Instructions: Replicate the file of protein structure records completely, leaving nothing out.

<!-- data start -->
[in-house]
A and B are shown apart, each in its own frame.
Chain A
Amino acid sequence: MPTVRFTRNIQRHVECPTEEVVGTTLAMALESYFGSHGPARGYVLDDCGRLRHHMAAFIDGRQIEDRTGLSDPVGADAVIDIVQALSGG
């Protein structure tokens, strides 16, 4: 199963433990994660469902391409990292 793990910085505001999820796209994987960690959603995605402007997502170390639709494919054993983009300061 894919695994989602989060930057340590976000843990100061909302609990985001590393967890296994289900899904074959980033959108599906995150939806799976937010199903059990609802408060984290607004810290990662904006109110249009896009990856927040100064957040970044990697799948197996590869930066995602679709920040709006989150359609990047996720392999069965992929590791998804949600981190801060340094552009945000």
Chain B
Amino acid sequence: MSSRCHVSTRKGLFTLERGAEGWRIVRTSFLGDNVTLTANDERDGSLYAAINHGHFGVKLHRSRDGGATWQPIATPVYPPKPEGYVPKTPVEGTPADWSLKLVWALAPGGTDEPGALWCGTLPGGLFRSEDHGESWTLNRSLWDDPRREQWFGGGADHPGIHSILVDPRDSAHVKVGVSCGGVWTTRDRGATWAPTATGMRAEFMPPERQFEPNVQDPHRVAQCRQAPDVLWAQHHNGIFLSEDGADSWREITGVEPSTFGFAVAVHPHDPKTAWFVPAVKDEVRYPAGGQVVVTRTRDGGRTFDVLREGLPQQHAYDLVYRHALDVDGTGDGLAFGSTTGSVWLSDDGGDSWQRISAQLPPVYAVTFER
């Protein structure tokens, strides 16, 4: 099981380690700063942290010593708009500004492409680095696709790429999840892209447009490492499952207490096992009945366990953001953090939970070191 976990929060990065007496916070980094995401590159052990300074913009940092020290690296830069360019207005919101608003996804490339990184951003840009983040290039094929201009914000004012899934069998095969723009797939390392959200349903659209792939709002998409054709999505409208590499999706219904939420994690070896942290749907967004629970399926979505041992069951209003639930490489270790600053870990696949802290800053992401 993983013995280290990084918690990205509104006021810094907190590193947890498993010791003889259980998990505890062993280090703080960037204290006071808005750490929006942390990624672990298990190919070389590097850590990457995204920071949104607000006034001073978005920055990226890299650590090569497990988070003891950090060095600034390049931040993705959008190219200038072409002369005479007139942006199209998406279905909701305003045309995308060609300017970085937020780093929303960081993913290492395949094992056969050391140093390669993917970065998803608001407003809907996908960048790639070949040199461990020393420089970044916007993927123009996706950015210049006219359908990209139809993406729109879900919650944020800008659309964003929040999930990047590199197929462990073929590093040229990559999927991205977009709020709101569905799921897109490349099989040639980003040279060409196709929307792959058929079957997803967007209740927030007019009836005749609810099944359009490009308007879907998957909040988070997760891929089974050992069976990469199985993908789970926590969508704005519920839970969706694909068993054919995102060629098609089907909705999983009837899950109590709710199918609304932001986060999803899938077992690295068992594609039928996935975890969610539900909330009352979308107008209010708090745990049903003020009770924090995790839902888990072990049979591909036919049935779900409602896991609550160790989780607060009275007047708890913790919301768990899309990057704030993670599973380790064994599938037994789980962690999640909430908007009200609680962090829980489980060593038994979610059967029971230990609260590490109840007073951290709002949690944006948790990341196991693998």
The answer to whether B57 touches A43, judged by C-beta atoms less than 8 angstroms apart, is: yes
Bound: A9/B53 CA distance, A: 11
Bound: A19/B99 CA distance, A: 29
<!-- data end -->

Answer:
[in-house]
A and B are shown apart, each in its own frame.
Chain A
Amino acid sequence: MPTVRFTRNIQRHVECPTEEVVGTTLAMALESYFGSHGPARGYVLDDCGRLRHHMAAFIDGRQIEDRTGLSDPVGADAVIDIVQALSGG
């Protein structure tokens, strides 16, 4: 199963433990994660469902391409990292 793990910085505001999820796209994987960690959603995605402007997502170390639709494919054993983009300061 894919695994989602989060930057340590976000843990100061909302609990985001590393967890296994289900899904074959980033959108599906995150939806799976937010199903059990609802408060984290607004810290990662904006109110249009896009990856927040100064957040970044990697799948197996590869930066995602679709920040709006989150359609990047996720392999069965992929590791998804949600981190801060340094552009945000």
Chain B
Amino acid sequence: MSSRCHVSTRKGLFTLERGAEGWRIVRTSFLGDNVTLTANDERDGSLYAAINHGHFGVKLHRSRDGGATWQPIATPVYPPKPEGYVPKTPVEGTPADWSLKLVWALAPGGTDEPGALWCGTLPGGLFRSEDHGESWTLNRSLWDDPRREQWFGGGADHPGIHSILVDPRDSAHVKVGVSCGGVWTTRDRGATWAPTATGMRAEFMPPERQFEPNVQDPHRVAQCRQAPDVLWAQHHNGIFLSEDGADSWREITGVEPSTFGFAVAVHPHDPKTAWFVPAVKDEVRYPAGGQVVVTRTRDGGRTFDVLREGLPQQHAYDLVYRHALDVDGTGDGLAFGSTTGSVWLSDDGGDSWQRISAQLPPVYAVTFER
């Protein structure tokens, strides 16, 4: 099981380690700063942290010593708009500004492409680095696709790429999840892209447009490492499952207490096992009945366990953001953090939970070191 976990929060990065007496916070980094995401590159052990300074913009940092020290690296830069360019207005919101608003996804490339990184951003840009983040290039094929201009914000004012899934069998095969723009797939390392959200349903659209792939709002998409054709999505409208590499999706219904939420994690070896942290749907967004629970399926979505041992069951209003639930490489270790600053870990696949802290800053992401 993983013995280290990084918690990205509104006021810094907190590193947890498993010791003889259980998990505890062993280090703080960037204290006071808005750490929006942390990624672990298990190919070389590097850590990457995204920071949104607000006034001073978005920055990226890299650590090569497990988070003891950090060095600034390049931040993705959008190219200038072409002369005479007139942006199209998406279905909701305003045309995308060609300017970085937020780093929303960081993913290492395949094992056969050391140093390669993917970065998803608001407003809907996908960048790639070949040199461990020393420089970044916007993927123009996706950015210049006219359908990209139809993406729109879900919650944020800008659309964003929040999930990047590199197929462990073929590093040229990559999927991205977009709020709101569905799921897109490349099989040639980003040279060409196709929307792959058929079957997803967007209740927030007019009836005749609810099944359009490009308007879907998957909040988070997760891929089974050992069976990469199985993908789970926590969508704005519920839970969706694909068993054919995102060629098609089907909705999983009837899950109590709710199918609304932001986060999803899938077992690295068992594609039928996935975890969610539900909330009352979308107008209010708090745990049903003020009770924090995790839902888990072990049979591909036919049935779900409602896991609550160790989780607060009275007047708890913790919301768990899309990057704030993670599973380790064994599938037994789980962690999640909430908007009200609680962090829980489980060593038994979610059967029971230990609260590490109840007073951290709002949690944006948790990341196991693998």
The answer to whether B57 touches A43, judged by C-beta atoms less than 8 angstroms apart, is: yes
Bound: A9/B53 CA distance, A: 11
Bound: A19/B99 CA distance, A: 29